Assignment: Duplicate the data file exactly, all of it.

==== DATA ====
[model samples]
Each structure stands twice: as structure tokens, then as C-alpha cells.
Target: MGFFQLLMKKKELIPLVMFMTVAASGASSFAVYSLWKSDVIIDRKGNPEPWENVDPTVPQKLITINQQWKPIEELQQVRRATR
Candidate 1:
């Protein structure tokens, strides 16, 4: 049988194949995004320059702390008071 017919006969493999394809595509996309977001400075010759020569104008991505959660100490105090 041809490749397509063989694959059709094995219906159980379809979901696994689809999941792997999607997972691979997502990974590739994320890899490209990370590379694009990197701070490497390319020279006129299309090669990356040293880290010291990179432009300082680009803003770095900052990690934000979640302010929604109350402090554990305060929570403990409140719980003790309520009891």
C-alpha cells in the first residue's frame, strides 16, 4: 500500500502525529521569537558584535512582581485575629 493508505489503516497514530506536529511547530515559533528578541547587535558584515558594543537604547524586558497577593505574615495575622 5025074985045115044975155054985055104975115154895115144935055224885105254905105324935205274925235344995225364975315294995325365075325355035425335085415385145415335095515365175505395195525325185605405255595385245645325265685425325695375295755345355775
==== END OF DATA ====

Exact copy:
[model samples]
Each structure stands twice: as structure tokens, then as C-alpha cells.
Target: MGFFQLLMKKKELIPLVMFMTVAASGASSFAVYSLWKSDVIIDRKGNPEPWENVDPTVPQKLITINQQWKPIEELQQVRRATR
Candidate 1:
């Protein structure tokens, strides 16, 4: 049988194949995004320059702390008071 017919006969493999394809595509996309977001400075010759020569104008991505959660100490105090 041809490749397509063989694959059709094995219906159980379809979901696994689809999941792997999607997972691979997502990974590739994320890899490209990370590379694009990197701070490497390319020279006129299309090669990356040293880290010291990179432009300082680009803003770095900052990690934000979640302010929604109350402090554990305060929570403990409140719980003790309520009891």
C-alpha cells in the first residue's frame, strides 16, 4: 500500500502525529521569537558584535512582581485575629 493508505489503516497514530506536529511547530515559533528578541547587535558584515558594543537604547524586558497577593505574615495575622 5025074985045115044975155054985055104975115154895115144935055224885105254905105324935205274925235344995225364975315294995325365075325355035425335085415385145415335095515365175505395195525325185605405255595385245645325265685425325695375295755345355775